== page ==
On Sunday, March 21st (the first day of Spring), several of us were blessed to be able to participate in a massive rally in favor of comprehensive immigration reform.   Organizers estimate the crowd at over 200,000 attendees.  From our vantage point, it was clearly crowded, festive, diverse, family-oriented, and filled with love.

From Rob Keithan:

As the singing of the Star Spangled Banner came to an end, I wondered how the words “land of the free and home of the brave” felt to the many immigrants in attendance. I suspect that they appreciate what freedom means more than I ever will. As brave as I like to think I am, I don’t know if I’d have the courage to move to a foreign country–leaving behind everything familiar and potentially risking everything–in order to provide for my family. Hopefully I will never be faced with that choice.

From Taquiena Boston (Director of the UUA’s Identity-Based Ministries)

I was moved by the number of families who attended the rally with their children, and by how many of those families have been negatively affected by current immigration policies. I was encouraged by the many religious groups represented, including Unitarian Universalists. It was heartening to see that the message of Standing on the Side of Love resonated with so many non-UUs, especially when children, youth and young adults asked for the SSL buttons, placards, and bumper stickers.

From Meg Riley:

The moment that reduced me to tears was when, strolling along, I saw this young woman holding her handwritten poster. On either side of her stood friends, holding “Standing on the Side of Love” placards. (I couldn’t fit all three of them in and still read what she had written.) I saw how love was, literally, allowing her to stand. We’re always talking about ‘deadbeat dads’–here’s a deadbeat system forcing parents away from their kids. It broke my heart.

From Kat Liu:

As a person of Asian descent, I am very aware that different ethnic minorities in the U.S. have often been pitted against each other, when we could be so much stronger united. And I know that undocumented immigration is also an Asian issue, even though Latinos/Hispanics get most of the (unpleasant) attention. So it was very important to me to see diversity represented both on stage and in the crowd. While most of the people present appeared to be descended from Latin America, there were also Asian, African and Euro faces speaking as one. Walking among the crowd, I felt we were united, strong. This IS America.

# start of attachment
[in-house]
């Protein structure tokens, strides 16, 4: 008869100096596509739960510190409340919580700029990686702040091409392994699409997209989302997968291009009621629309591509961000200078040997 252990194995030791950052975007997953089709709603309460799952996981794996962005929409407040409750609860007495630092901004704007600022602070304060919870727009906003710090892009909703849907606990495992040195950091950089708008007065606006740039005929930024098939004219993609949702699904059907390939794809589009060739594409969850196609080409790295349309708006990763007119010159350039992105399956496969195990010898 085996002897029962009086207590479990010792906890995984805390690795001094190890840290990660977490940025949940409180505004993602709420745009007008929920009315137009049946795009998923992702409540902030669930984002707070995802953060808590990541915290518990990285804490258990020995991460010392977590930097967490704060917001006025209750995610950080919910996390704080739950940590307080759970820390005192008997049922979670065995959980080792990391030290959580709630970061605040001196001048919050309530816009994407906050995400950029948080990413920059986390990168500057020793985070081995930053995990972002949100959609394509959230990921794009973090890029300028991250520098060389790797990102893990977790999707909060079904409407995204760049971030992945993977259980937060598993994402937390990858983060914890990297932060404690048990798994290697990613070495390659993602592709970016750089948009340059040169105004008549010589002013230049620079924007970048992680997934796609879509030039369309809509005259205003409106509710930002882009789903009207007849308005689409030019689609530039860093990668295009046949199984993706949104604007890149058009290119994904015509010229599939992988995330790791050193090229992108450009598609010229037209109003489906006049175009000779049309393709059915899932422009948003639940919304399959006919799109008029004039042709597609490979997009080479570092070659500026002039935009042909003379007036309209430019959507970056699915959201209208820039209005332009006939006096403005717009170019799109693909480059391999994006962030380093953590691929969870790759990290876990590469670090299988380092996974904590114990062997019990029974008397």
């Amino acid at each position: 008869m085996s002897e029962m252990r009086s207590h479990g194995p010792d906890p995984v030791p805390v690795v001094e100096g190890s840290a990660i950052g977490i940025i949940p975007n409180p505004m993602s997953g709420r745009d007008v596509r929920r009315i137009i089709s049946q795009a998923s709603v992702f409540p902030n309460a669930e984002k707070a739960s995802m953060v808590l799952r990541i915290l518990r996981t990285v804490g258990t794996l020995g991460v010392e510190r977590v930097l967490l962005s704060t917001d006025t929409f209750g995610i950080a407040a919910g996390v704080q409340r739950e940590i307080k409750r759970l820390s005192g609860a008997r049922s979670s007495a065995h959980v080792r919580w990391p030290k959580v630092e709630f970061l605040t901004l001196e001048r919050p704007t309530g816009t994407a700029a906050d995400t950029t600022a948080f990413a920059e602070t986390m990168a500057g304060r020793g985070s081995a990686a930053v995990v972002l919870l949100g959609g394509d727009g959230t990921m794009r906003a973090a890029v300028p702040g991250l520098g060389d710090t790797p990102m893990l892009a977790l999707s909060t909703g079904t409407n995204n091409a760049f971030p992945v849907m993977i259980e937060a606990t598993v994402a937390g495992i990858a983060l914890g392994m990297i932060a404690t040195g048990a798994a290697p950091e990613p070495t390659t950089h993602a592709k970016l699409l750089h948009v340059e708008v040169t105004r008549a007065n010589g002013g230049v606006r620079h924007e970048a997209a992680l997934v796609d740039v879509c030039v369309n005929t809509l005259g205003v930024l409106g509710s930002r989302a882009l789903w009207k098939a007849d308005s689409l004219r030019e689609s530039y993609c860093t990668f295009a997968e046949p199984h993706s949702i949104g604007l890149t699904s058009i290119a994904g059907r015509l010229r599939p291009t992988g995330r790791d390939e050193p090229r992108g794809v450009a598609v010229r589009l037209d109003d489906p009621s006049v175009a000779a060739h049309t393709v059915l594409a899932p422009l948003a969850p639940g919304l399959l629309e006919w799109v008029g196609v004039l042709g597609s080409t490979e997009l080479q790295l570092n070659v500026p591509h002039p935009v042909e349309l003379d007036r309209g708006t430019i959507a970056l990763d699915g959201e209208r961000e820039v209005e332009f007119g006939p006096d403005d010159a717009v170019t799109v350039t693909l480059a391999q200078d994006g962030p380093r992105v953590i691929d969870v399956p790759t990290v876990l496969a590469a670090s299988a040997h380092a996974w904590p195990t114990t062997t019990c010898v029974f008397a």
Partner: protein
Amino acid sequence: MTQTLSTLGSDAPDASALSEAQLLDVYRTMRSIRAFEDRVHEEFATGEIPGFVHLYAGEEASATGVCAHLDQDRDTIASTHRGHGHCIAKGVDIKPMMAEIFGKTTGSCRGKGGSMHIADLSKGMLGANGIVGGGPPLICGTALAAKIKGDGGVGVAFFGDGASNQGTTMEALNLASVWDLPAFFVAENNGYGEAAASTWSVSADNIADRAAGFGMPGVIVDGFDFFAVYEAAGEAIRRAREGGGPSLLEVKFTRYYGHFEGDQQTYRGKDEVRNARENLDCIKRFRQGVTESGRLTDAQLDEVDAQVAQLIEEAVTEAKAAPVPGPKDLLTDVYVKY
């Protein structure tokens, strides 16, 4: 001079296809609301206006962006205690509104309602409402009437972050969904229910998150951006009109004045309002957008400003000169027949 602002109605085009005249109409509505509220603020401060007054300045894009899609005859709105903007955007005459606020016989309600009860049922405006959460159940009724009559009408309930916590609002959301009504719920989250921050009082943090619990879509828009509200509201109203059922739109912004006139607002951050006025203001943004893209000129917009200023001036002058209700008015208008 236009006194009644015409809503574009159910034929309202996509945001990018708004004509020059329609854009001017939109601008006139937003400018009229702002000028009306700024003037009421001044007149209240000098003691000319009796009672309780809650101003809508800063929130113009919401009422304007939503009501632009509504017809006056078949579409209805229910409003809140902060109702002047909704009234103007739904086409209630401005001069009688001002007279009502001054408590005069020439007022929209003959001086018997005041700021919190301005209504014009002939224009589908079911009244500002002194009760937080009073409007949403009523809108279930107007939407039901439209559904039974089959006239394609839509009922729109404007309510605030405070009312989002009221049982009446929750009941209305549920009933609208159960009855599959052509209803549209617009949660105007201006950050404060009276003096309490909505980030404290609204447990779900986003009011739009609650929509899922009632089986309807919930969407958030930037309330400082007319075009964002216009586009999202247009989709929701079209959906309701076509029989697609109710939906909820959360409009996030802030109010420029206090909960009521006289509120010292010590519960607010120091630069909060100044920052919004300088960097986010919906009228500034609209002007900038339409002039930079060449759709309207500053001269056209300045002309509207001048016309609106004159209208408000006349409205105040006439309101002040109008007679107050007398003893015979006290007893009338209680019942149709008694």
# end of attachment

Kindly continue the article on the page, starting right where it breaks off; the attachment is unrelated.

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UUA Social Justice

Comments

  1. Miriana Ivanovic-Hoff

    I was at the march on Sunday with 2 other women from our small Unitarian Universalist Church of Joliet, IL. I wanted to march because I am the daughter and sister of immigrants. My family emigrated in the 1950′s as war refugees and I realize that under the identical circumstances today and because of my father’s nationality, we would be denied entry. My family could easily have been the ones turned away at the border, or deported. We are no different than these families who are struggling for the same dream and who have so many obstacles towards legalization against them. We are and always will be a nation of immigrants and we need to reform the system to make it work for everyone. The words at the base of the Statue of Liberty are there for a reason.

  2. Kat Liu

    Miriana, namaste. Thank you for your commitment, coming all the way from IL. I am also the daughter of immigrants. My parents took the drastic measure of getting divorced because it would have significantly hurt their chances to get visas as a married couple. I agree, it could easily have been my family or your family turned away.

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